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LGBT role models in history

Welcome to LGBTQ+ History Month 2022! After sharing Hayley’s story this time last year, we decided this year we wanted to cast the net wider and delve into the history books and provide you with LGBT role models in history. (Yeah that’s right we read.) This February we will be doing some banging articles on some of our favourite queer icons, now and then. From artists to activists, novelists to campaigners, these inspirational trailblazers have each made a contribution to modern queer culture.

Our list includes influential members of the LGBTQ+ community who have strived for equality and acceptance and many of whom have helped to shape the queer little world we live in. Many of these queer icons remain under-represented or their narratives marginalised/ covered up. One had their letters & writing physically destroyed after their death to stop their stories and experiences of queer life and love from being shared. Not cool.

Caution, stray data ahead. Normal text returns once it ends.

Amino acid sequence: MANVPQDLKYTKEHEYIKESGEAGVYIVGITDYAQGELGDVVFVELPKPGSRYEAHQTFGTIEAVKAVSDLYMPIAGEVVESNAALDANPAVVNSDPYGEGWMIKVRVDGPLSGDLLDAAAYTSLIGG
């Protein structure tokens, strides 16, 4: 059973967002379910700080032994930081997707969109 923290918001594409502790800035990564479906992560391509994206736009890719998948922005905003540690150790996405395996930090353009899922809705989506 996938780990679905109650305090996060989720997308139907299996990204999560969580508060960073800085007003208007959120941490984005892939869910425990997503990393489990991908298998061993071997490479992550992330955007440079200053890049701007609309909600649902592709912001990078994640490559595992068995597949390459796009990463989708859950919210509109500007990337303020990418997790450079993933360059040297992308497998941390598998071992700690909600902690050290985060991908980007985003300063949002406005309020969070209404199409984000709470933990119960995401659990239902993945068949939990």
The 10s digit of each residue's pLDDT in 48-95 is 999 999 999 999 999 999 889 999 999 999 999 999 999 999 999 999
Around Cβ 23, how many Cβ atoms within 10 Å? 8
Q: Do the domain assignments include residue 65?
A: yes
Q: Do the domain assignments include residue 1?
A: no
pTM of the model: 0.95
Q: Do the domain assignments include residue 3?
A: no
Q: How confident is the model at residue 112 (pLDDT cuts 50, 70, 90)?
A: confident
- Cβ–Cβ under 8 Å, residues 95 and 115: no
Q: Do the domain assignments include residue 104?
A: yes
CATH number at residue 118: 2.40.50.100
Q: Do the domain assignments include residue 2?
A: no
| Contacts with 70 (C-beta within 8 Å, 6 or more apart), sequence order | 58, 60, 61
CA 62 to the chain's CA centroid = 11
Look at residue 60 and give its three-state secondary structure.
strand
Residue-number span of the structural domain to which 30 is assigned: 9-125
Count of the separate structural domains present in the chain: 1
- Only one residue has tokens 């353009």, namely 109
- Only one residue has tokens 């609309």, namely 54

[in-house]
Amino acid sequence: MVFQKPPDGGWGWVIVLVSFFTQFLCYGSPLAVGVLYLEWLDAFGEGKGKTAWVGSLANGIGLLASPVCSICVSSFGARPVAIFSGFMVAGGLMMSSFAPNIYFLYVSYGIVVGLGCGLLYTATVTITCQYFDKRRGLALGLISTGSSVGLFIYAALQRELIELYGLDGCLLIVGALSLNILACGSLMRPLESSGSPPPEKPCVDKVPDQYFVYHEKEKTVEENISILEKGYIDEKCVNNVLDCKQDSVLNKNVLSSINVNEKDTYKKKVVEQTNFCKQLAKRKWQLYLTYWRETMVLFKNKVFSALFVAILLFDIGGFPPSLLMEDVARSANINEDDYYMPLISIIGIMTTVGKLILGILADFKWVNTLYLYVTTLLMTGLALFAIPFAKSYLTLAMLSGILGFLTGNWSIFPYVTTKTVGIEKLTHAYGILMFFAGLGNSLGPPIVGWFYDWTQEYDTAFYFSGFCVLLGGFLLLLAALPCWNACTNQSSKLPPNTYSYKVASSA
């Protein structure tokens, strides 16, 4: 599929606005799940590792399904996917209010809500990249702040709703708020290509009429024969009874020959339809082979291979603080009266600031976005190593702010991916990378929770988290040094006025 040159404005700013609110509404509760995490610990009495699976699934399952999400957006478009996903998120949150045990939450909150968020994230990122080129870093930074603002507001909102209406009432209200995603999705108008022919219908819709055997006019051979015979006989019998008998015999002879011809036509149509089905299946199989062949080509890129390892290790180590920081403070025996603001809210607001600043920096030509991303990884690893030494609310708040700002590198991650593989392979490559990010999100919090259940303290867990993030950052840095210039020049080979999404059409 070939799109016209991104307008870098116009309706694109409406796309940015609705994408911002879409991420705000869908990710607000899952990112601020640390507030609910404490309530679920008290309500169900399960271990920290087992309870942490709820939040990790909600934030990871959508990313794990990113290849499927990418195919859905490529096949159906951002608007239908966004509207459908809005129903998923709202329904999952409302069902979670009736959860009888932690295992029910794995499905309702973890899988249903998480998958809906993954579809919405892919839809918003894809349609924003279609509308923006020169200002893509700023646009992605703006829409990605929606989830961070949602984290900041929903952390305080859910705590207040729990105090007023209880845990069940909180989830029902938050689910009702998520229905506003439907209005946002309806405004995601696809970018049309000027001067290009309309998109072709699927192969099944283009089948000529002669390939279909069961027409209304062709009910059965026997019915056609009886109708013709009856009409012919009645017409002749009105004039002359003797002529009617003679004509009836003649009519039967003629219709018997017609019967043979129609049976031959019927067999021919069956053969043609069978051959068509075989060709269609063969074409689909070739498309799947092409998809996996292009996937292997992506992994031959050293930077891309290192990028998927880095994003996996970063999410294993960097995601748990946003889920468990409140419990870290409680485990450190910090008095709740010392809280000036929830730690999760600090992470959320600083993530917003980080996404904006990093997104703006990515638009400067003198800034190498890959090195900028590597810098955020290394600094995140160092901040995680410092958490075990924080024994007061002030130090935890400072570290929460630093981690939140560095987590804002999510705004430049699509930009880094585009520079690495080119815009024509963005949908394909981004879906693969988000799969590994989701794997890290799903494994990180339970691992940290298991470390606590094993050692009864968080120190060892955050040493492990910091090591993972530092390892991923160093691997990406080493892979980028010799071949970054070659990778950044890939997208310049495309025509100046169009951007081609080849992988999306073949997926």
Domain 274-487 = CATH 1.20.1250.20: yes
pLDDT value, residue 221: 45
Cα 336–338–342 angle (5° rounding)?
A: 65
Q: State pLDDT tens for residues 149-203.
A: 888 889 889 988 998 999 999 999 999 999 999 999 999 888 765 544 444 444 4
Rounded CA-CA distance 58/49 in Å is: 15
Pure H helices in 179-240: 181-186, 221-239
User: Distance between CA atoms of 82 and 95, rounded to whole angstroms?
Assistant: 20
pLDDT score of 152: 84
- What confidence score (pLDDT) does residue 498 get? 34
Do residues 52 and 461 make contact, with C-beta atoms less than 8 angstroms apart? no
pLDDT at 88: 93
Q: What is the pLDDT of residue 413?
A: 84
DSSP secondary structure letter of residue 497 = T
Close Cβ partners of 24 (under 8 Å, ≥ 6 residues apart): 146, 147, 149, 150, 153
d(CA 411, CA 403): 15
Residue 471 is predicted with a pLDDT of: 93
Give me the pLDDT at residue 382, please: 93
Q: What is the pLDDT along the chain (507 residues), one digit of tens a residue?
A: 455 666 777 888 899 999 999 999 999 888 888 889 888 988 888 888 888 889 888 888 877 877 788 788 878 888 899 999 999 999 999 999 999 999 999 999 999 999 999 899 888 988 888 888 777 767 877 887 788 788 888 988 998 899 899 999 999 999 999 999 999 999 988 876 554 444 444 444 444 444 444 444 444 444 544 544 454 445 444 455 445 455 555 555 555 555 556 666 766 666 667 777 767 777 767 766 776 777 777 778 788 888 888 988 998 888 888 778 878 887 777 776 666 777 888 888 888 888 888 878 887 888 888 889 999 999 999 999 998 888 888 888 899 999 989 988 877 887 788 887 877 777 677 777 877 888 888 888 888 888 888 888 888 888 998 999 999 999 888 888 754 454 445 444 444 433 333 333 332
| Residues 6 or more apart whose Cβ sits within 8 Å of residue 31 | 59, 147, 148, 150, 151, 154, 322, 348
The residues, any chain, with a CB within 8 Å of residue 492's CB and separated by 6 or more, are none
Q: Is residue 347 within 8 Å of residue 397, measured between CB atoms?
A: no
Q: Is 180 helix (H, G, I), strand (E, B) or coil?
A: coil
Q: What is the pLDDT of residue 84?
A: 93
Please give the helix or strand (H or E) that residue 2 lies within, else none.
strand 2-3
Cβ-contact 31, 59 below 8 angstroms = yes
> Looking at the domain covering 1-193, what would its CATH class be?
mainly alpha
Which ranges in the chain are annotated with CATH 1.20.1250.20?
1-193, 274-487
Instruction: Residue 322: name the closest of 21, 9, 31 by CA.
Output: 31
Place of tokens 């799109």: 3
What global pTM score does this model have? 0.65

Here at Nonchalant this February, after learning about these legends we wanted to share one of their incredible stories every day. (Check the Socials: Twitter, Facebook, Instagram.) To get you going, we are giving you a sneak peek of what’s to come in this article.

Musical Legend & Queer Icon: Linda Perry

When it comes to queer icons it doesn’t get a lot more impactful than Linda Perry. She is an American singer-songwriter, musician, and record producer. Perry started her music career as the lead singer and songwriter of the 4 Non Blondes.  4 Non-Blondes began by playing shows at lesbian bars in San Francisco. All of the band members were openly gay and developed a large lesbian following as a result. In 1992 they signed a record deal in the US and released their first and only album, ‘Bigger, Better, Faster, More!